Posts Tagged: honey bees
The Campus Buzzway, a quarter-acre field of wildflowers planted last fall near the Harry H. Laidlaw Jr. Honey Bee Research Facility at the University of California, Davis, is brilliant in gold and blue, the UC Davis colors.
The gold: California poppies. The blue (blue/purple): lupine.
There's also coreopsis or tickseed planted there but it just finished blooming last fall.
The Buzzway, funded by Häagen-Dazs, is located next to the Häagen-Dazs Honey Bee Haven, a half-acre bee friendly garden designed by the Sausalito team of landscape architects Donald Sibbett and Ann F. Baker, interpretative planner Jessica Brainard and exhibit designer Chika Kurotaki.
The public opening of the two bee friendly gardens, initially slated for June, is expected to take place in the fall, probably in September, but no date has officially been set.
Spring, summer, fall and winter--expect great things in these two gardens. They will be a year-around food source for the honey bees at the Laidlaw Facility and surrounding area; a food source for various other insects, including native bees and butterflies; and an educational experience for visitors. Folks can glean information on what to plant in their own yards or create a bee friendly garden.
There's an old saying that "All that glitters is not gold." As for as the bees and the bee scientists at UC Davis, are concerned, this IS gold.
Bee on Lupine
Bee on a Poppy
The news is not good.
The honey bee crisis is worsening.
Back in November of 2006, commercial beekeeper David Hackenberg of Pennsylvania sounded the alarm. Fifty 50 percent of his bees had collapsed in Florida. Other beekeepers came forward with equally bad news: some individuals reporting losing one-third to 100 percent of their bees.
Quickly referred to as colony collapse disorder (CCD), the mysterious phenomenon is characterized by adult bees abandoning the hive, flying off and leaving behind the queen bee, brood and stored food.
Fast forward to today: a federal survey shows a heavy bee dieoff this winter, and research published last Friday in the journal PLOS (Public Library of Science) shows an alarming number of pesticides found in pollen and wax samples from 23 states and a Canadian province.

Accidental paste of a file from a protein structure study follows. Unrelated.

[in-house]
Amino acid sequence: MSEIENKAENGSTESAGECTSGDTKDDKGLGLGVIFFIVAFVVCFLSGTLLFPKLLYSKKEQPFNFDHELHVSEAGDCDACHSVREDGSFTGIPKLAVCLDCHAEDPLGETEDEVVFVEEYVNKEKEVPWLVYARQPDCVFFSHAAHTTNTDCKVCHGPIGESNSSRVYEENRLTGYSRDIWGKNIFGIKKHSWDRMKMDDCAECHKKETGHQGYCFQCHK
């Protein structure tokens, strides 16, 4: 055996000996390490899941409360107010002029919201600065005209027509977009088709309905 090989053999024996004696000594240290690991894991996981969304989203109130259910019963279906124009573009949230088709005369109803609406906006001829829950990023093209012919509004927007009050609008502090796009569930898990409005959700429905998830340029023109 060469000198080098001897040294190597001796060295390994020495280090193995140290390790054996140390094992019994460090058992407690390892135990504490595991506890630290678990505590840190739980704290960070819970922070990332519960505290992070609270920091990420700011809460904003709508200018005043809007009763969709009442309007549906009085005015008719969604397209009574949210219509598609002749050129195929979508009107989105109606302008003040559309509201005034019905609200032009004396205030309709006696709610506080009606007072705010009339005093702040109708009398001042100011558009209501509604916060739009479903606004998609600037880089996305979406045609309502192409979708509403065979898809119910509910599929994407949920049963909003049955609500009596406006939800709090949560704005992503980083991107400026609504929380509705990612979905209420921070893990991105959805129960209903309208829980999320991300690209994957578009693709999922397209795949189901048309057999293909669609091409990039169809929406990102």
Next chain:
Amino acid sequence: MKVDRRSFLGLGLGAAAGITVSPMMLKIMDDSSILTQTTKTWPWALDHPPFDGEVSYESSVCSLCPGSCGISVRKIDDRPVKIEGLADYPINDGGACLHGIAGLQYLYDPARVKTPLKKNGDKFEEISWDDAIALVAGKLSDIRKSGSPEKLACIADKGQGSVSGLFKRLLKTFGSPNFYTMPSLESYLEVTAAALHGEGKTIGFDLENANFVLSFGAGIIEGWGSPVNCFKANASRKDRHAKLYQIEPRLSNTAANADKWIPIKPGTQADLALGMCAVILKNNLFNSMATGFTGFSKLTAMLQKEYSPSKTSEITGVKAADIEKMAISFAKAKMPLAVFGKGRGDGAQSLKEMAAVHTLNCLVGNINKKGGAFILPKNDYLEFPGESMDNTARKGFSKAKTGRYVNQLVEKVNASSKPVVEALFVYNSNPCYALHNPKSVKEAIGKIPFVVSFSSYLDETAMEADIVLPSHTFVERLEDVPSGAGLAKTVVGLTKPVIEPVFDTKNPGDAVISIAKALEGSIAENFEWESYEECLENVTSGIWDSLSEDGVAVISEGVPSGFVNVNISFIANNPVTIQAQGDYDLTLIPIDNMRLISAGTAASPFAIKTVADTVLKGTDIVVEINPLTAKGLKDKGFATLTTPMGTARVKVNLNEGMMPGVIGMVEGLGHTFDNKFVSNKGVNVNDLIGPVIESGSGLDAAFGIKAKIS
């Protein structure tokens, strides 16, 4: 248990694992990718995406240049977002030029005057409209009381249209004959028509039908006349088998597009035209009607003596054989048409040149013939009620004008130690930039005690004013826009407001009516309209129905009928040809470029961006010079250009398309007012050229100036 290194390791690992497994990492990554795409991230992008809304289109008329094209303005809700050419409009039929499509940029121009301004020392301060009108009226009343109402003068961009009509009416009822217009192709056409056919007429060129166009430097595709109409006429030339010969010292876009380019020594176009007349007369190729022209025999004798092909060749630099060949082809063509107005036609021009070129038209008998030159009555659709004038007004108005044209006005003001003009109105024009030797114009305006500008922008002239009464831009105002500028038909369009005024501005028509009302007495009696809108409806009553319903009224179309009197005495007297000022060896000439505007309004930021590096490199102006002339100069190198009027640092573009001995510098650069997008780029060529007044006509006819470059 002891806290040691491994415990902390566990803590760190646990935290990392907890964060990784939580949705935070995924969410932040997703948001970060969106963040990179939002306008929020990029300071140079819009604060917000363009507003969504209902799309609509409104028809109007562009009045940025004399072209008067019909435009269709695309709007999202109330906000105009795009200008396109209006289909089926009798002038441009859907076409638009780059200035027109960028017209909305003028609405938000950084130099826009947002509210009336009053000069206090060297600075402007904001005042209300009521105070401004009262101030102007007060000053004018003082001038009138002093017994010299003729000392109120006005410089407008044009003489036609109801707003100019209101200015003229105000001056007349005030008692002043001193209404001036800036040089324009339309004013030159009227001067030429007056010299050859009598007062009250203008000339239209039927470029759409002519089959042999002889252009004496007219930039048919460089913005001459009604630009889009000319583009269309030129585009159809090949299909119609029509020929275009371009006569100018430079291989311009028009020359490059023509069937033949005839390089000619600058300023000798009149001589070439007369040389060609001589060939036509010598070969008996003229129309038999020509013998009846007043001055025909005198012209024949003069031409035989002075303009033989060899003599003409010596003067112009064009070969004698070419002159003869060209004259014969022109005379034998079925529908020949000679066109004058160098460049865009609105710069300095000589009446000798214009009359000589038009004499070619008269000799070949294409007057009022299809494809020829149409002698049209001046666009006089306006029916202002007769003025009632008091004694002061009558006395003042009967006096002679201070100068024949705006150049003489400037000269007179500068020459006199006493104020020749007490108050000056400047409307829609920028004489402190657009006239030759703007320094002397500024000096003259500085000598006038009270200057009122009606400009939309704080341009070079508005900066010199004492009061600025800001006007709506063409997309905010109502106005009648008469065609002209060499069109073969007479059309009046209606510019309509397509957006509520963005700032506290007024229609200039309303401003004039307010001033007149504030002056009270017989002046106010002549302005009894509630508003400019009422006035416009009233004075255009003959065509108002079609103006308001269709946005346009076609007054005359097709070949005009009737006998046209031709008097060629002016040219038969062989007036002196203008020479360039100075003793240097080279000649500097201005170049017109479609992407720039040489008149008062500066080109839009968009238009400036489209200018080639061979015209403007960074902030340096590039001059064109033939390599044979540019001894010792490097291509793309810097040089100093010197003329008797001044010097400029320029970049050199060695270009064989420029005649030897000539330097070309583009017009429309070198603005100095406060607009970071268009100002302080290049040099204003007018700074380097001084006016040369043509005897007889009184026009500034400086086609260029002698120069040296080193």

Extension apiculturist Eric Mussen, member of the UC Davis Department of Entomology faculty, agrees that bees are in trouble and the declining population is worsening. Scores of beekeepers have reported opening hives and finding them virtually empty.
Meanwhile, another federal survey on bee winter losses will take place April 1 through April 14. That should shed more light on a darkening crisis.
Perhaps CCD is due to a yet undiscovered virus. Perhaps it's due to a combination of factors: pesticides, diseases, pests, viruses, malnutrition and stress.
"Unexpected, periodic losses of honey bee colonies, very similar to this, have been noted in the bee journals since the late 1800s, but they tended to be very short term," Mussen says in his March 19th Bee Brief, published on the UC Davis Entomology Web site. "In 1965, 66, and 67 a similar problem persisted for three years. Our current session is the longest yet."
"The intensity of research on possible leads to the causes of CCD is increasing around the world, as other countries are having similar losses in their honey bee colonies," he writes in his Bee Brief. "The global nature of the problem suggests that some other, more fundamental aspect of the environment may be involved. Honey bees prosper best and are best able to resist diseases, parasites, exposures to toxins, etc. when they have fed on a quality diet.
"For bees in general, and honey bees in particular, that means a constant supply of pollens that provide their required proteins, vitamins, lipids, sterols, minerals, antioxidants and carbohydrates. While global warming may not directly challenge a species of insect that can prosper from very cold climates to the equator, climate change may result in more stress on the bees. Increased periods of dry, hot weather or cold, rainy weather, could limit availability and access to those important pollens. The bees will have to rear their brood at the expense of their body nutrient reserves. The brood will be less well fed, and in turn will not be good at rearing the next 'round of brood.' "
That sort of downward spiral, Mussen says, will leave the bees very fragile and susceptible.
The MAAREC Web site (Mid-Atlantic Apiculture and Extension Consortium) hosted by Pennsylvania State University, offers latest updates on the crisis.
Tending the Bees